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National News
August 26,2018

Realising the dream of ‘Naya Pakistan’

Salman Bashir

The recent general elections in Pakistan were indicative of a politico-social sea-change. A societal evolution triggered by a new awareness and demolishing of old constrictive notions and mindsets that had kept this nation of 200 million entrapped in a post-colonial status quo.

In this sense Pakistan is perhaps the first Islamic country to transition to new paradigms of existence shaped by the welfare model originally conceived in Holy Prophet's state of Medina and later practiced in the West particularly in Scandinavia. The full credit of facilitating this transition undoubtedly goes to Imran Khan, who is the only leader that has made the noble governance precepts of Islam - a beacon for shaping Pakistan's destiny. This is a silent revolution of immense import for Pakistan and humanity at large. It enmeshes democratic governance with the true socio-economic aspirations of the people and gives it credence with a unique and very rare sincerity of purpose.

True the work has just started. Status quo has been challenged and has yet to be uprooted. Conceptual clarity and simplicity of thought will inform implementation with strict criteria and value code. The vast majority of analysts and critics continue in their disbelief of the magnitude of change. The old political guard and vested interest groups will mount a campaign to resist change. They fail to comprehend that the ordinary people especially the youth- a new generation- have moved on. It is no longer possible to recreate the past. The nation is euphoric and for the first time sees opportunity and hope for their aspirations being reflected in governance of the state.

Prime Minister Imran Khan's biggest handicap in implementing his agenda for change is the decrepit civil service. He recognizes the need for institutional reforms. This requires revisiting the rules of business and methods of work. Reducing the size of government and simplifying rules and procedures. There is still a lot of talent in the public service and in the society. He must allow the talented and honest to rise and to work the national agenda with a sense of purpose. The emphasis should be on producing results. Delivery in real time and not bureaucratic wranglings and paper pushing.

Technology is the answer. Much of the stuff that ordinary citizens need from the government can be digitized. A governance style based on trusting individuals and punishing those who betray that trust must be the focus of endeavor. Performance audit must replace the ancient and completed outdated rule book of auditors that has paralysed governance and decision making.

Reform of the taxation system and the tax collector is of vital significance. The reform agenda must also encompass judiciary, where the Honorable Supreme Court is well placed to decree easy and speedy justice for all.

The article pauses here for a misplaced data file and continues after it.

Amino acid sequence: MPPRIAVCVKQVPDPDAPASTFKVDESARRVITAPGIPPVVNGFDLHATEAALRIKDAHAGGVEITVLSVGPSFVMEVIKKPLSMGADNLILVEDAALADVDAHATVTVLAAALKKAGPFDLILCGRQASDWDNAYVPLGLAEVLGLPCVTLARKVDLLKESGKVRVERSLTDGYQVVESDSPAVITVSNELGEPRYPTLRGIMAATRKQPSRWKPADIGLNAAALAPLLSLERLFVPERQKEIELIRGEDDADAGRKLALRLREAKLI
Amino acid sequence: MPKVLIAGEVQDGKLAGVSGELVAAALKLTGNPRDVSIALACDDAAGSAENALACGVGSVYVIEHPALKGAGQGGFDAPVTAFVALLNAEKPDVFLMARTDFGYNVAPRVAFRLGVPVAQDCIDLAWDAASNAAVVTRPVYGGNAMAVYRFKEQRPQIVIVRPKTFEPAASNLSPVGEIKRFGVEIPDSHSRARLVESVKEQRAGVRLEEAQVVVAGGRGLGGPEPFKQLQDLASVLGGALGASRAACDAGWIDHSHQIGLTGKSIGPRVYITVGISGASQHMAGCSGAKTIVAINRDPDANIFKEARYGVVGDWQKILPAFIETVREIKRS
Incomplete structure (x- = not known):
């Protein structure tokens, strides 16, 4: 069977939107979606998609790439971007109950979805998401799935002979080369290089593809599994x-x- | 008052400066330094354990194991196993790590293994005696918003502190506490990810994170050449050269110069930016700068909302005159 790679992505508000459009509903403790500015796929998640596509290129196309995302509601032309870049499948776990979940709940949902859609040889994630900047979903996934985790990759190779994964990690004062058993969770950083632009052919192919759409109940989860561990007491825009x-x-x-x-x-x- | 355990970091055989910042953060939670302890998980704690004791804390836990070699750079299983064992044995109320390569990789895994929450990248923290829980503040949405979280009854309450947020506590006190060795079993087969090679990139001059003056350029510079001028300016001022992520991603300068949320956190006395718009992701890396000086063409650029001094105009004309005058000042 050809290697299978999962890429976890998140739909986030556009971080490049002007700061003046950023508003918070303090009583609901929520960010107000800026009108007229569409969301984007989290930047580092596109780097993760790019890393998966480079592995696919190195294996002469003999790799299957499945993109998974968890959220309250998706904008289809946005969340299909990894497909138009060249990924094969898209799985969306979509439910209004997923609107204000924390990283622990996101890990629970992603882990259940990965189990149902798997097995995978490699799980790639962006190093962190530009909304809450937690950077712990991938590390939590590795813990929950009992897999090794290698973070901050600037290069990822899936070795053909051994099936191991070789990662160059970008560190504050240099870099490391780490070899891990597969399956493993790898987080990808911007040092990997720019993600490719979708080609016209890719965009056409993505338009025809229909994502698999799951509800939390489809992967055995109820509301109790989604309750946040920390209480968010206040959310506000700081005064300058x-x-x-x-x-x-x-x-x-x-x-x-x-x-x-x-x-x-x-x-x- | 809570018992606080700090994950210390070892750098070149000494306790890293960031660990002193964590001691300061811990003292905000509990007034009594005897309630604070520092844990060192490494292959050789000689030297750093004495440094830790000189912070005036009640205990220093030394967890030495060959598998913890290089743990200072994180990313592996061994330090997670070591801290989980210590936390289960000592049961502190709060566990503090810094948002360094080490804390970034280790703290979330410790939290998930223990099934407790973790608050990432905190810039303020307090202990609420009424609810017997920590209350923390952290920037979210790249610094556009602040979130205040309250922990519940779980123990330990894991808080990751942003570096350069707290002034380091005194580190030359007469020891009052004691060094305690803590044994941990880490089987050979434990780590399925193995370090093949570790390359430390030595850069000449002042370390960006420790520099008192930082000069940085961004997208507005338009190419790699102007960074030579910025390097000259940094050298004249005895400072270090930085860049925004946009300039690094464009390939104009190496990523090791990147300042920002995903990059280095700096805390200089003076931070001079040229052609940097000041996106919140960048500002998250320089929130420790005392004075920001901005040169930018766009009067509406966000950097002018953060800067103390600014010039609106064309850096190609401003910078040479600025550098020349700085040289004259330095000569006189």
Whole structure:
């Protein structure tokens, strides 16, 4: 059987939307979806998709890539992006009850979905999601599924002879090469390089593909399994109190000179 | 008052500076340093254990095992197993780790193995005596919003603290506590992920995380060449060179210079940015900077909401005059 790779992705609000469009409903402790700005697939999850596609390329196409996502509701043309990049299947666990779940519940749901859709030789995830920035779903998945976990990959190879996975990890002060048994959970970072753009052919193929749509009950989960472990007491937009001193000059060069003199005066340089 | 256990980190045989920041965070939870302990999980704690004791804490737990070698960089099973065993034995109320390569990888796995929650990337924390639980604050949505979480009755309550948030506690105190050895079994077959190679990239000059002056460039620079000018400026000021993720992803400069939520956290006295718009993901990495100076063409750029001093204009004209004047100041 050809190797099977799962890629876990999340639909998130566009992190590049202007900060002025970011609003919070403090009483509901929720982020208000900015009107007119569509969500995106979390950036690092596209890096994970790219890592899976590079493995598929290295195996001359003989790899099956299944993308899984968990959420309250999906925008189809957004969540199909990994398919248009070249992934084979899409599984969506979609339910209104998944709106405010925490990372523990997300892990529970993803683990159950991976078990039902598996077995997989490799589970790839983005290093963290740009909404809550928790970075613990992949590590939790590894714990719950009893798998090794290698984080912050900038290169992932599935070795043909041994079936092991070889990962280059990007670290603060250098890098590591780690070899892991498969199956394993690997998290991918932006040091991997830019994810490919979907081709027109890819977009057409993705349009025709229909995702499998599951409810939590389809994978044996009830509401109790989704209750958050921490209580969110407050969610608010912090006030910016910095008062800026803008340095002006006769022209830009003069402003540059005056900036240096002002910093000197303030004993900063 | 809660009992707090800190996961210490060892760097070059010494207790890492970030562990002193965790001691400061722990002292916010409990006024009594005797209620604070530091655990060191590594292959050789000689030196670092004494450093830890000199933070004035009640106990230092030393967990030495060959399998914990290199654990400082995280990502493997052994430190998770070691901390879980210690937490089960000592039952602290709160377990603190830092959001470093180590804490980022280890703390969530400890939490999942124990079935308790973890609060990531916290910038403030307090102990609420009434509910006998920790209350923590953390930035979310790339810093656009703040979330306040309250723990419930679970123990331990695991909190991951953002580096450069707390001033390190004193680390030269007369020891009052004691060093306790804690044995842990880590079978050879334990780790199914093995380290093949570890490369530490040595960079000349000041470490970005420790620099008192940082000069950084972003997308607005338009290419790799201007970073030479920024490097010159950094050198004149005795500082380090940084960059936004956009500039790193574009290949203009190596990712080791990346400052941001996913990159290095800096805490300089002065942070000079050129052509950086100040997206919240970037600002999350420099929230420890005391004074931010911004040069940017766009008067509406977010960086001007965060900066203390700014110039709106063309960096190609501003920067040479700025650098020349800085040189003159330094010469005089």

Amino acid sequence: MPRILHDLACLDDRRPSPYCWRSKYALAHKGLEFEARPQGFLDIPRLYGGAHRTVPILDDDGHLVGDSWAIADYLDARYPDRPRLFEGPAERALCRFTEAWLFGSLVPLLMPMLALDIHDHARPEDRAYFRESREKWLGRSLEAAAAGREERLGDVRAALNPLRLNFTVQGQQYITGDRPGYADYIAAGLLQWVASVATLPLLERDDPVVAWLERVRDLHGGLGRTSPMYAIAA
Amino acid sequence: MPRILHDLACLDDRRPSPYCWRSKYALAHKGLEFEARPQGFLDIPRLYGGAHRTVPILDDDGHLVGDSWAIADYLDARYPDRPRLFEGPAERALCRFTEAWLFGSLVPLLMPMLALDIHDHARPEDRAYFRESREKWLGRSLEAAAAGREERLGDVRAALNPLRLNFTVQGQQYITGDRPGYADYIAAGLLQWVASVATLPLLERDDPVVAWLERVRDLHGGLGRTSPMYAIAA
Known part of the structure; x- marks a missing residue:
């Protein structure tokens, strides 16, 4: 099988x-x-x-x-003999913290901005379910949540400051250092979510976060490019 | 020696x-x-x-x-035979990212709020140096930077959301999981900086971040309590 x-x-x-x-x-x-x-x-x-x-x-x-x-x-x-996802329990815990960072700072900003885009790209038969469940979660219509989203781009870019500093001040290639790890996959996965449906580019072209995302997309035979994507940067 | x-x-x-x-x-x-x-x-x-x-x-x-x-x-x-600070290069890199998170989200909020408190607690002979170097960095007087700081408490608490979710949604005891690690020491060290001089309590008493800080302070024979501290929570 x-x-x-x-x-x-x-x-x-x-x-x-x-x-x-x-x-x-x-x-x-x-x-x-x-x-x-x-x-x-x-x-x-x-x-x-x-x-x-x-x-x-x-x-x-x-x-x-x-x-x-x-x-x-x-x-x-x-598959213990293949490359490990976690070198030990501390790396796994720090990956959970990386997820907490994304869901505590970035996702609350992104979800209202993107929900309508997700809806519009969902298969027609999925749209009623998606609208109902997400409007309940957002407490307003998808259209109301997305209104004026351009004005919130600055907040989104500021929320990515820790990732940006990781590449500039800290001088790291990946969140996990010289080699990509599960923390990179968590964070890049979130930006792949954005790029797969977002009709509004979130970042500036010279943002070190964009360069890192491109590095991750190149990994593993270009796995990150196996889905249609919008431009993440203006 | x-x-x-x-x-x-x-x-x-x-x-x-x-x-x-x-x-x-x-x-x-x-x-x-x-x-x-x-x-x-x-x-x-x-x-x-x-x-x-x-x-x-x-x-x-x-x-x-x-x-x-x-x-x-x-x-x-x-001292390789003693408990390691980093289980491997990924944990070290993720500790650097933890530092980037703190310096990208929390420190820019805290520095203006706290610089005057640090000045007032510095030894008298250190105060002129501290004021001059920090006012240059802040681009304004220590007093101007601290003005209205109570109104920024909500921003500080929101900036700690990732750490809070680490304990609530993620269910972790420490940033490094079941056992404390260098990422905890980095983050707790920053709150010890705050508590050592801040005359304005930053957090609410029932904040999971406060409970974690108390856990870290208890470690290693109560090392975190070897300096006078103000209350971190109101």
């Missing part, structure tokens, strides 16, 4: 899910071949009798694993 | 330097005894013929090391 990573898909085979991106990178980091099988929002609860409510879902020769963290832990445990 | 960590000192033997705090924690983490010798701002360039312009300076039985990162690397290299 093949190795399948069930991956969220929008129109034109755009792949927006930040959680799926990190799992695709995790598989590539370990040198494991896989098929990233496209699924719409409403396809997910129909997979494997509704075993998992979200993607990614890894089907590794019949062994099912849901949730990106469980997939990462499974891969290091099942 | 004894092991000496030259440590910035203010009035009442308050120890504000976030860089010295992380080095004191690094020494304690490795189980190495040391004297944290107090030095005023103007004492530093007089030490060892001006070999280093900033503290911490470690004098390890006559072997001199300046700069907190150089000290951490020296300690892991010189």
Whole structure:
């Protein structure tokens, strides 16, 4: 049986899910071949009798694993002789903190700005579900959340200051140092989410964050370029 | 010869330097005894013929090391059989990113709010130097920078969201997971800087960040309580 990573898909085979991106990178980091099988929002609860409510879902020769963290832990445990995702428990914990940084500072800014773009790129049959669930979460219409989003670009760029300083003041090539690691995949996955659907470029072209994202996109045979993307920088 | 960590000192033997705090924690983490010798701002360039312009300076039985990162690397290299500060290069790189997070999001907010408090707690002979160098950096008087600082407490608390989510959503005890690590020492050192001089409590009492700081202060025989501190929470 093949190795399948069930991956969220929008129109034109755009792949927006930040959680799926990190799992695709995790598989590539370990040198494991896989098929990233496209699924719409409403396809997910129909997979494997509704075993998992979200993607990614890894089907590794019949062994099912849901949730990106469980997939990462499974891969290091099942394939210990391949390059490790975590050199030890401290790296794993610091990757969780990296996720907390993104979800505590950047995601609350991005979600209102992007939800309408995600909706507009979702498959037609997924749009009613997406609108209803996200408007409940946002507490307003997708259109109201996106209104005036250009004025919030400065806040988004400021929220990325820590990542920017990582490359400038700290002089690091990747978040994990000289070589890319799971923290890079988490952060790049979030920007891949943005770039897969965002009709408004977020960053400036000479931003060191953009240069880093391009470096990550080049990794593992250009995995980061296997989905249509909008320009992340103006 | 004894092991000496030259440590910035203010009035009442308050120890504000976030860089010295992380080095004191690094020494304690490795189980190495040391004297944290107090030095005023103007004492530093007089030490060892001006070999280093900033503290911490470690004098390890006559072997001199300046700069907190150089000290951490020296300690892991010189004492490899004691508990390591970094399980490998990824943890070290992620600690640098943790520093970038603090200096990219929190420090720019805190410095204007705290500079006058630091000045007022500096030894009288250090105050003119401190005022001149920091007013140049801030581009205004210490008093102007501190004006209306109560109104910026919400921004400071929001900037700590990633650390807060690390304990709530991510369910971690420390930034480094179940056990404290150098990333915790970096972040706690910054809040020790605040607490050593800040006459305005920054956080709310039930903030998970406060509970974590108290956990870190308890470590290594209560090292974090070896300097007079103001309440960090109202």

The very substantial philanthropic organizations must be given a free run for social rehabilitation and progress especially of the needy and poor. While corruption and accountability is good, time has come to move beyond these issues to restoring the credibility of state institutions, operationalize fair and effective governance and restore faith of the people in government. Not an easy task but then we have someone who has prioritized all this and more in Imran Khan. He is well aware of the requirements and should not allow himself to be distracted by the din and shrills of old style politicians who will not let him go forward and only earn lasting shame and infamy by using the parliament as an arena for creating ugly ruckus, as they have often done.

Pakistani expatriates must now step up to building the new Pakistan with their skills and contributions to economy, development and technology. It may be wise to begin listing the expertise by forming academies in various disciplines to identify the talent we have at home and abroad. Doctors, engineers, economists, scientists, academicians, artists, writers, scholars and more. They should be incentivised beyond patriotism by recognition and rewards for their contributions.

The trade deficit issue has only one solution. Optimize manufacturing, maximise exports and curtail expenses. Input costs should be reduced and the private sector facilitated in finding customers abroad.

The Foreign Ministry should be oriented to contributing to the nation's economic agenda. Opening of new markets closer home, transforming the geographic advantages to tangible assets, facilitating investments -all need priority. These would have to be reflected in policies that must be informed by strategic vision of a developed first world Pakistan by the year 2047- Pakistan's Independence Centenary.

(Writer served as Pakistan’s Foreign Secretary and Ambassador to Denmark, China and India)


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